@ProfBrianCox Where did all the anti-matter go?

I quite like Prof. Brian Cox’s explanation of the creation of the Universe but his constant iteration of Physics being simple and beautiful is spoilt for me by an over-simplification.

It’s an aspect that is never covered in such descriptions.

All matter is created from nothingness, as in 0 = +1 plus -1, where the =1 refers to matter and the -1 refers to anti-matter.

The big problem is that there doesn’t seem to be any anti-matter Galaxies out there.

The only attempt to explain this, which I have come across, blithely states that when matter condensed out, there was an asymmetry that caused a slight excess of matter (?), with all the anti-matter being annihilated by matter.

Quite apart from “0 = +1 plus -1 “becoming “0 = +(1 + a little bit) plus -1 ” , there’s a lot of energy there that we aren’t seeing. Is it this energy which is driving the expansion of The Universe?

I’d like to see a clearer explanation of what’s going on.

Just to compound matters. Prof. Brian Cox says that when you stick two protons together, one becomes a neutron, making Deuterium.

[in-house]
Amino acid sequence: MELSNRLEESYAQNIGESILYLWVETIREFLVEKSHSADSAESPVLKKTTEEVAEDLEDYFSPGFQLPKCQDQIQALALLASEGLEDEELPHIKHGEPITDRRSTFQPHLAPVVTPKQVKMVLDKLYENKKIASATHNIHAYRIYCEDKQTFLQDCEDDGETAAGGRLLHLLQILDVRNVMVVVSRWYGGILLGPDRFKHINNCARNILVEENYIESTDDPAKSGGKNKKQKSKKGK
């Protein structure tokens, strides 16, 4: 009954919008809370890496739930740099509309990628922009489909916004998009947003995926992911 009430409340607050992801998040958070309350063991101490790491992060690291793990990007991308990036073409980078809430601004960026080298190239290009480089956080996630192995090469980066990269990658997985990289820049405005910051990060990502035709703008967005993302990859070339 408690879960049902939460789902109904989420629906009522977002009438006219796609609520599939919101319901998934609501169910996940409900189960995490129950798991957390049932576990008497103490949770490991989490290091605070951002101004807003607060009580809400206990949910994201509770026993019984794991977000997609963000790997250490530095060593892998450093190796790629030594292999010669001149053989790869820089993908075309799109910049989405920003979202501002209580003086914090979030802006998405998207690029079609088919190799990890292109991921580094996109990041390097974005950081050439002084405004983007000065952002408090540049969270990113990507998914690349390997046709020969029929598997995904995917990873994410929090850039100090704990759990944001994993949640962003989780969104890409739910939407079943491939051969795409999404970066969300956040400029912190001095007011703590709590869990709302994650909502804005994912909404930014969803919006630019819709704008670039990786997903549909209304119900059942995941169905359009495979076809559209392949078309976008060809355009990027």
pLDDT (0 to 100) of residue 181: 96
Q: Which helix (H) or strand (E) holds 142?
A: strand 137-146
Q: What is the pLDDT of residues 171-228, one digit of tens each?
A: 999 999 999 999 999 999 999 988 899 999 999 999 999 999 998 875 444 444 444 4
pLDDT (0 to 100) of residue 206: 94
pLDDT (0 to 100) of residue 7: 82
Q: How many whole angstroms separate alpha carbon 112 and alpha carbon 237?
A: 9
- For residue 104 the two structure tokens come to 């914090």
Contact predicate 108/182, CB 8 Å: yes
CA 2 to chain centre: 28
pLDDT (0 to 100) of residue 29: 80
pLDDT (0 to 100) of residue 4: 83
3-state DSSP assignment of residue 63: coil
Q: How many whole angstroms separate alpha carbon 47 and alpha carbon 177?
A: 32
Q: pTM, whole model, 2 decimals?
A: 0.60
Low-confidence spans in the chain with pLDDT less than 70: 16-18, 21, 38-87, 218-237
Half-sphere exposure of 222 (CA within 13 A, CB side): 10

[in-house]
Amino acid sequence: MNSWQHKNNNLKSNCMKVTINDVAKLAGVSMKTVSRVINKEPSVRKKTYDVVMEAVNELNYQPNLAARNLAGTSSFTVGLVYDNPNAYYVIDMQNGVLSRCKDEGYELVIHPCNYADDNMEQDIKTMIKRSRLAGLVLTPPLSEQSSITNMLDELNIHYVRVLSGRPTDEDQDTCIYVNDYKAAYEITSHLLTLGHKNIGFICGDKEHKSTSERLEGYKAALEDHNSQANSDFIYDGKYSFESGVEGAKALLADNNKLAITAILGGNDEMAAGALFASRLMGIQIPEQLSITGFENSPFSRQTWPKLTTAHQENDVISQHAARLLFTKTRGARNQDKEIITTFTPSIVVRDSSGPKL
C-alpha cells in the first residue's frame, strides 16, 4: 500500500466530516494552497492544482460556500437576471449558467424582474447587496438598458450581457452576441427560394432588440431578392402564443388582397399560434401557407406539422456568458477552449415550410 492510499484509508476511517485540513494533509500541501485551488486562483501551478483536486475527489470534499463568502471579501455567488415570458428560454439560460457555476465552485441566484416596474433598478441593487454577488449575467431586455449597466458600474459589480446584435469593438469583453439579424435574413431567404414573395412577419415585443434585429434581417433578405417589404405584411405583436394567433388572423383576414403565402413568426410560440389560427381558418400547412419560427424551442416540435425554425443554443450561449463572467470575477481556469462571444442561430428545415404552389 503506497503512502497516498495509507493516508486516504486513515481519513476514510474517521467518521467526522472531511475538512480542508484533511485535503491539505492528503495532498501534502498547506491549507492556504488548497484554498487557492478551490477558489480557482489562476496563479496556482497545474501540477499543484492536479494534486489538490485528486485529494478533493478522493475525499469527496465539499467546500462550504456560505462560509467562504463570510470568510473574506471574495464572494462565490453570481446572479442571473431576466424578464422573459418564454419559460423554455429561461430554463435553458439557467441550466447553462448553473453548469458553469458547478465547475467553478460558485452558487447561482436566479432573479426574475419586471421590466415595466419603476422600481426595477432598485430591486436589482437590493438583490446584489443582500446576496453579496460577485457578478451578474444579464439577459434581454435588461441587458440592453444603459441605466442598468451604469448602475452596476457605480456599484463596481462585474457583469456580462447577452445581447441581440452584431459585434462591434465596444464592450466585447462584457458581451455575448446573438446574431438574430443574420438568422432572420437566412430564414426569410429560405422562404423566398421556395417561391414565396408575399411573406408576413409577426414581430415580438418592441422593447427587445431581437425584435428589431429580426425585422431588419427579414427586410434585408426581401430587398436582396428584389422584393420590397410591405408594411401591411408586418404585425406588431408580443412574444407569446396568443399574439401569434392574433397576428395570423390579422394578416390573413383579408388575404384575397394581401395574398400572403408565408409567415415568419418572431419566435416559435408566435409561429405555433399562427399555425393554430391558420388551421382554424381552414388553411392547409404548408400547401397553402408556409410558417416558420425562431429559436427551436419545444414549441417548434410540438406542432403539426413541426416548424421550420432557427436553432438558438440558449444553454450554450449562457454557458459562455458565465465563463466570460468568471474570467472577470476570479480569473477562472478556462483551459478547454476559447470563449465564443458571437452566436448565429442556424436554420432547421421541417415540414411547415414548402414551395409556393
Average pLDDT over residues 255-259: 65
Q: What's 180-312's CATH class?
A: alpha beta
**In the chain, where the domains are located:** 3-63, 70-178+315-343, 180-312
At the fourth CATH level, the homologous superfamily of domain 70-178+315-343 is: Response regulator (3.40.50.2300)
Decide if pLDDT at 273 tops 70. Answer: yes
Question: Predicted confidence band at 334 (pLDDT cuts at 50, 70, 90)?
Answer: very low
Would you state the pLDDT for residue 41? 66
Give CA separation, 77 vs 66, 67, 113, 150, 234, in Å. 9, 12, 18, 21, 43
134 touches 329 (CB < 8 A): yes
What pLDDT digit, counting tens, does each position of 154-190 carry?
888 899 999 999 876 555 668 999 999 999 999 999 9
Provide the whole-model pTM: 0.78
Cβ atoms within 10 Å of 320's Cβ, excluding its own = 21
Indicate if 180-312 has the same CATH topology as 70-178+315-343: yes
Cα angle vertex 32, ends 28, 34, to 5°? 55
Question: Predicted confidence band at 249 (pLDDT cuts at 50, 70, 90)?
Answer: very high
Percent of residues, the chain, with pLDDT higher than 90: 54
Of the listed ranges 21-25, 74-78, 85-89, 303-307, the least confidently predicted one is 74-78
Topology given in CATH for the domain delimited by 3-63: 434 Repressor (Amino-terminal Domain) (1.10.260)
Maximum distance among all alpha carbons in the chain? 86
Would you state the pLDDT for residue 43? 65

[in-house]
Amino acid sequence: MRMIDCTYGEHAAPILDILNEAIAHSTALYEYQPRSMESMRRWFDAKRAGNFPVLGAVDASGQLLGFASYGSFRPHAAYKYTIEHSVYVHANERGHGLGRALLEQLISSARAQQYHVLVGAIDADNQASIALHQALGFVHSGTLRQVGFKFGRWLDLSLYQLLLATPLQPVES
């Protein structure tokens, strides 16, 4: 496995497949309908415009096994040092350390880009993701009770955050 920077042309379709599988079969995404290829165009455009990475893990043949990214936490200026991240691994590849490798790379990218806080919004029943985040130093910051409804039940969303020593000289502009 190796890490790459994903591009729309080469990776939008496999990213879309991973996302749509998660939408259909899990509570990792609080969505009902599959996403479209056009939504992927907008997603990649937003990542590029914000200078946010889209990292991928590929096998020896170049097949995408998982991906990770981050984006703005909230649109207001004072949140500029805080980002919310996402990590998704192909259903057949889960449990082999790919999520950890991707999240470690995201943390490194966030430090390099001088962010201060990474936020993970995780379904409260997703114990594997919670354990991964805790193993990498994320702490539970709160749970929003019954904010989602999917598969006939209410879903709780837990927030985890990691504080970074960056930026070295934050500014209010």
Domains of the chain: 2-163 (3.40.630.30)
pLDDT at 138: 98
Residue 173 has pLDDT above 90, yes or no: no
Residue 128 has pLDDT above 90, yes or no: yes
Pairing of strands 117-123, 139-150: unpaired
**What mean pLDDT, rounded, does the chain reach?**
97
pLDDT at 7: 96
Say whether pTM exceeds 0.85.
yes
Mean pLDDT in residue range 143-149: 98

O.K. I know he’s dumbing down but when a proton becomes a neutron, it must be by releasing a positron. I.e. the anti-matter version of an electron.

In the Universe there are equal numbers of protons and electrons (unless someone knows better) and 1 to 3 neutrons for every proton.

So where have all those positrons gone?

If they’ve been annihilated by electrons, there must have been a lot of electrons to start with. More interestingly, each annihilation would have been accompanied by the production of a pair of 1.4MeV Gamma Rays.

There would be enough of these to make a noticeable blip in the background radiation but I’ve not read of any.

I’m not a Cosmologist and I don’t have the Math to follow these stories, so it would be nice if someone, somewhere did a little piece to clarify these issues for me.

 

 

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